Just when you thought Donald Trump couldn’t say anything more shocking, he suggested that women who get abortions should be punished.
On MSNBC, he said abortion must be banned and then “there has to be some form of punishment” for women who manage to get abortions.
He declined to say what the punishment should be, dodging a question about whether it should be “10 years” in prison or something milder.
Trump doesn’t seem to have thought deeply about the issue, and he departed from the mainstream anti-abortion position of targeting not women but abortion providers.
After the TV interview was over and the backlash had begun, Trump tried to back off his comment, saying in a statement, “The doctor or any other person performing this illegal act upon a woman would be held legally responsible, not the woman.”
One lesson is that Trump is an uninformed opportunist, but the episode does highlight two basic problems for the anti-abortion movement.
First, as long as the focus is on the fetus or on the claim of “protecting women,” many in the public are sympathetic to the anti-abortion view. The moment the focus shifts to criminalizing women, sympathy shifts.
Anti-abortion activists have generally taken a savvy approach over the years by concentrating on extreme situations — such as late-term so-called partial-birth abortions — and on legislating obstacles that in practice reduce access.
Of the 1,074 state restrictions on abortion put in place after Roe v. Wade in 1973, more than one-quarter were enacted since 2010, according to the Guttmacher Institute.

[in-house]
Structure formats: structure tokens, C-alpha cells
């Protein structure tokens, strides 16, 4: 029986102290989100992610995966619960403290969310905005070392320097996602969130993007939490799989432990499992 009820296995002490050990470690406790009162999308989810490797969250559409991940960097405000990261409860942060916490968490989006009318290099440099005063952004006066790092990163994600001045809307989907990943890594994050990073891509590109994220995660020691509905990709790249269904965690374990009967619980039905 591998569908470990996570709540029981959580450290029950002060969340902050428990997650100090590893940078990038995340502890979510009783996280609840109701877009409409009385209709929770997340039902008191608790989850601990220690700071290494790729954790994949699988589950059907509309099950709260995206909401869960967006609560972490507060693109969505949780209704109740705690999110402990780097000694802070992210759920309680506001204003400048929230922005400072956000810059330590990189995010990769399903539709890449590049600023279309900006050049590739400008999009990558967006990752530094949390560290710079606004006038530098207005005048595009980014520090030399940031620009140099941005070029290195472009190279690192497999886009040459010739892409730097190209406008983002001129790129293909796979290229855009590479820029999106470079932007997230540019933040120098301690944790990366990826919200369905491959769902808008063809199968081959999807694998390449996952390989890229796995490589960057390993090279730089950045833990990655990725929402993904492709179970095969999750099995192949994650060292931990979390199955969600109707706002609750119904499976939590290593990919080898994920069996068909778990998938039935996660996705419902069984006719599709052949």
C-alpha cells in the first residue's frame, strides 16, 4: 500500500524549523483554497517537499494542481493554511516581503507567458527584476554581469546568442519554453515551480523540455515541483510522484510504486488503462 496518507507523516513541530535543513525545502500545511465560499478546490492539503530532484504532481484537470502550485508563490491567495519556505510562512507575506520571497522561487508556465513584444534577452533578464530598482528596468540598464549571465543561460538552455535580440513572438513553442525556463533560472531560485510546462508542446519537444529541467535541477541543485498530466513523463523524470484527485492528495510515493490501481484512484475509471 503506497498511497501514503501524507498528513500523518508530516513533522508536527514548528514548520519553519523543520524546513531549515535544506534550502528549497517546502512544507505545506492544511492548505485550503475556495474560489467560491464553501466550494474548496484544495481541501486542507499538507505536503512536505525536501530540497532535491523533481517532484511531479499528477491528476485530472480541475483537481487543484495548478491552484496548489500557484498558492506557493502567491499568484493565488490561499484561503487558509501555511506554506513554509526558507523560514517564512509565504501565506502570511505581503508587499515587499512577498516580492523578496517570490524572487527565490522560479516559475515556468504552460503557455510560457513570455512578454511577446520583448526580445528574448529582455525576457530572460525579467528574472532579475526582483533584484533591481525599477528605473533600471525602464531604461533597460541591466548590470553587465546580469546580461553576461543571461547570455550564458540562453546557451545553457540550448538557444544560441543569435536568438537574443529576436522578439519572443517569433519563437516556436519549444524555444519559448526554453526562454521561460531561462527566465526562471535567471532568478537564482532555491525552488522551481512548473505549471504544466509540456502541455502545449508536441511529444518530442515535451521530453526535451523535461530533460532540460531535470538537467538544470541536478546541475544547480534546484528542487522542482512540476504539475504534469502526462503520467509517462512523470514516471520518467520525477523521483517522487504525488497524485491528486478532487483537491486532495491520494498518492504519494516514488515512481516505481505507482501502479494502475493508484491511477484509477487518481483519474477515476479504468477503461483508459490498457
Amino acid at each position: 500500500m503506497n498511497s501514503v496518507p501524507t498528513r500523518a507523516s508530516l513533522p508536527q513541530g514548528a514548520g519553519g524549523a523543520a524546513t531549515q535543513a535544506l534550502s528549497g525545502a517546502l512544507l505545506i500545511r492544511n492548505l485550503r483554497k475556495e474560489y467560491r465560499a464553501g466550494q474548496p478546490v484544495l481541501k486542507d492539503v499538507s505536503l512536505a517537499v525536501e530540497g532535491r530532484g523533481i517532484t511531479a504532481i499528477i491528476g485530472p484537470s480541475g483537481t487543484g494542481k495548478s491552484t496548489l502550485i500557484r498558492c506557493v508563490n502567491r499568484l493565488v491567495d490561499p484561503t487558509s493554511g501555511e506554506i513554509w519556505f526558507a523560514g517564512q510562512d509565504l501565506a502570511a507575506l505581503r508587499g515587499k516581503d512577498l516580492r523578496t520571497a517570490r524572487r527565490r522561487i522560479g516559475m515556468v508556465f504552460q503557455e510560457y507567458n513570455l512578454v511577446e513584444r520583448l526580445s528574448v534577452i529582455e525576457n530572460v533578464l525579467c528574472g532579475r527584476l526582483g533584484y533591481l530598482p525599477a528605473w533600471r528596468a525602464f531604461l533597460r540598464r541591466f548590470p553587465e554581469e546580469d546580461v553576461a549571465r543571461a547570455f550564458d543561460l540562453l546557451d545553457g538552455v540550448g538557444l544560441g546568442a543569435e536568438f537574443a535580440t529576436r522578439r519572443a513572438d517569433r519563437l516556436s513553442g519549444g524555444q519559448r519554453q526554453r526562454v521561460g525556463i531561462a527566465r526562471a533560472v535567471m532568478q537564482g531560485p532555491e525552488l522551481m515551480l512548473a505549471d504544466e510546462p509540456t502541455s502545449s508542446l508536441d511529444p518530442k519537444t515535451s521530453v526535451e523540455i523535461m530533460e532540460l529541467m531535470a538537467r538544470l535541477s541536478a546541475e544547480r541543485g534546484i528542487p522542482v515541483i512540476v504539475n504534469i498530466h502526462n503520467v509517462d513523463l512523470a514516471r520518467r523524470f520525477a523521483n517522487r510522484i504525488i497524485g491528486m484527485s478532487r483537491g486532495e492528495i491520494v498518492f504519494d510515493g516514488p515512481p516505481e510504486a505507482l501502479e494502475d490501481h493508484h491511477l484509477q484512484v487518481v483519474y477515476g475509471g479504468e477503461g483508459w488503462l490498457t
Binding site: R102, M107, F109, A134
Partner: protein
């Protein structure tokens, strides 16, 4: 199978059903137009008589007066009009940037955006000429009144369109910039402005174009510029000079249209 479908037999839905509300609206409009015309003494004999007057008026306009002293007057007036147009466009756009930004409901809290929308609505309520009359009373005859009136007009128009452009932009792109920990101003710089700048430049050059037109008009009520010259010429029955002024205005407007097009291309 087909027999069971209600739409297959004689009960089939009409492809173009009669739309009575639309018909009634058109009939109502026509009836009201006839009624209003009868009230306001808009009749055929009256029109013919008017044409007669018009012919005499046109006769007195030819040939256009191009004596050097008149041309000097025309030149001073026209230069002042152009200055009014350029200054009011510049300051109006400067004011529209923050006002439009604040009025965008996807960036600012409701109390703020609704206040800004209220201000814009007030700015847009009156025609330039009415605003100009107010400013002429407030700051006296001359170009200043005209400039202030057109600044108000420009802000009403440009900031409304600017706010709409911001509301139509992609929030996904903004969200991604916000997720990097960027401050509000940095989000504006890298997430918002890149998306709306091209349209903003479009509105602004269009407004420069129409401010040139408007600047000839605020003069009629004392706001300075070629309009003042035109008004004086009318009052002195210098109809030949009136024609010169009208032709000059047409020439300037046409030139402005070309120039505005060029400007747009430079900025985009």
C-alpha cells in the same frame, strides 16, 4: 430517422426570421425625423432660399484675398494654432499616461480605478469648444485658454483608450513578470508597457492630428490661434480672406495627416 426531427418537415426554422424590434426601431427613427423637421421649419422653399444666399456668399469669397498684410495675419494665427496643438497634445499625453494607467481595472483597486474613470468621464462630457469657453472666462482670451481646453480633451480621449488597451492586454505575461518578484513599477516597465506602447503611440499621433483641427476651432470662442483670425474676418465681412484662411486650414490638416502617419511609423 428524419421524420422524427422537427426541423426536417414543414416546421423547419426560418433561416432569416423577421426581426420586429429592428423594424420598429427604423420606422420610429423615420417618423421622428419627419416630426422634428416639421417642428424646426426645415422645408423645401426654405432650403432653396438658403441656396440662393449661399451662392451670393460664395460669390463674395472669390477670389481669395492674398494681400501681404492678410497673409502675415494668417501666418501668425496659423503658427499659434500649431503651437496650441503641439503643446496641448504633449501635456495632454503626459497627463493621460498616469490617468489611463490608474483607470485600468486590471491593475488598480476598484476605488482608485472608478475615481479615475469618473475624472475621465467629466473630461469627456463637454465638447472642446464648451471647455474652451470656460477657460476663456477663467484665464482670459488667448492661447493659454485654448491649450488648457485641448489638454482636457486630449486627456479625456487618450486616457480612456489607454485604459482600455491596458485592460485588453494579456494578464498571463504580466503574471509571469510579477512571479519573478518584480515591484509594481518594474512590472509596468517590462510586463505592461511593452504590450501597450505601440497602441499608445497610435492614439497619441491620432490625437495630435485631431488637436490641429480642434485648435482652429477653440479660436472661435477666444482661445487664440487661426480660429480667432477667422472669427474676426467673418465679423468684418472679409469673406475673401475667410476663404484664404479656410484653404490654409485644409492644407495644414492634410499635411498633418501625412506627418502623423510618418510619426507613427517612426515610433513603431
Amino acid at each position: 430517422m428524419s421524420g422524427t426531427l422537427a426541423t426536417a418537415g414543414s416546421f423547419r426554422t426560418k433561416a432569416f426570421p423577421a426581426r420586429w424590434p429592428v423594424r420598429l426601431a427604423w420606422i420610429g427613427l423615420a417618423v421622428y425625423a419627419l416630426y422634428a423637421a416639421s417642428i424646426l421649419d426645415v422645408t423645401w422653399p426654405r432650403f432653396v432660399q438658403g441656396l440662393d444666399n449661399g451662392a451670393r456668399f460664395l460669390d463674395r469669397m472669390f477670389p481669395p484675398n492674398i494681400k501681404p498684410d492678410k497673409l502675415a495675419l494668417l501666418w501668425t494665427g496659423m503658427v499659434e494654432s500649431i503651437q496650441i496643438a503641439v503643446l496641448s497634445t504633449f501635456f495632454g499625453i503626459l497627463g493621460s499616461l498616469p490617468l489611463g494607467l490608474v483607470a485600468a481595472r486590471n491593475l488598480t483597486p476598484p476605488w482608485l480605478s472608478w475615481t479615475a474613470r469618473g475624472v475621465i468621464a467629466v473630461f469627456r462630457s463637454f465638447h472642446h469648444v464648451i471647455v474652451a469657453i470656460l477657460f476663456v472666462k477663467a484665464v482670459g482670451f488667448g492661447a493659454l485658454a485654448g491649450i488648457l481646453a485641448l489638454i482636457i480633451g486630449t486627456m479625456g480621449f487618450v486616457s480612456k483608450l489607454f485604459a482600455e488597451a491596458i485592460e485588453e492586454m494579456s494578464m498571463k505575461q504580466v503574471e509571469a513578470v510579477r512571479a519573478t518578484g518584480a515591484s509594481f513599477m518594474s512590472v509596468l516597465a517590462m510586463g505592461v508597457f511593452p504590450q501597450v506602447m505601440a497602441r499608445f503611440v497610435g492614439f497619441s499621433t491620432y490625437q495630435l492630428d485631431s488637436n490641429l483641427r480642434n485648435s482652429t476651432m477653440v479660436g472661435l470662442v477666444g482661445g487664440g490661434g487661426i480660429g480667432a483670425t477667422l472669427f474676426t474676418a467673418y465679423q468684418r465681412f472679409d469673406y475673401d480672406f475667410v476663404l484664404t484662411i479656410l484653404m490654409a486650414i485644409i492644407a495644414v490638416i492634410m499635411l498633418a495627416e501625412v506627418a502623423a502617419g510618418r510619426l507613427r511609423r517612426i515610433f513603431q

Trump has now turned the attention back from the fetus to the woman. And remember that three in 10 American women get an abortion at some point in their lives.
Second, the data suggest that one of the most effective ways to reduce the number of abortions would be to increase the availability of publicly funded family planning.
In 2013, publicly funded family planning prevented 2 million unintended pregnancies, including almost 700,000 abortions, according to the Guttmacher Institute.
Yet Republicans try to defund Title X, the traditional family planning program in the United States. After inflation, its funding level is less than one-third what it was in 1980.
In truth, Trump’s stance would matter only if a more conservative Supreme Court revisited Roe v. Wade and some states were allowed to ban abortion altogether.
Moreover, medical abortion, achieved by taking two kinds of pills, is gaining ground on surgical abortion and is much more difficult to stop.
In particular, one of the pills, misoprostol, is very cheap, has other uses and is at least 80 percent effective on its own in inducing an abortion early in pregnancy.
The upshot is that early abortions will be increasingly difficult to prevent.
Trump’s comments about punishing women are worth pondering because they reflect the logical conclusion of equating a fetus with any other human being.
This penalizing approach has been tried before and failed, including a dozen years ago in Portugal. Police staked out women’s health clinics, looking to arrest women who appeared likely to have just had abortions based on being pale or seeming upset.
Some 48 women and a 16-year-old girl were prosecuted.
The women were humiliated at trial, their most intimate gynecological history revealed to the public. And the public was revolted.
The women were all acquitted, and the public turned decisively in favor of abortion rights, by a majority of 79 to 14 percent.
The episode left many Portuguese both anti-abortion and pro-choice.
They were distressed by abortion, especially late in pregnancies, but they were aghast at the idea of prosecuting young women for making wrenching personal choices.
I think many Americans feel the same way.
Nicholas Kristof is an op-ed columnist for The New York Times.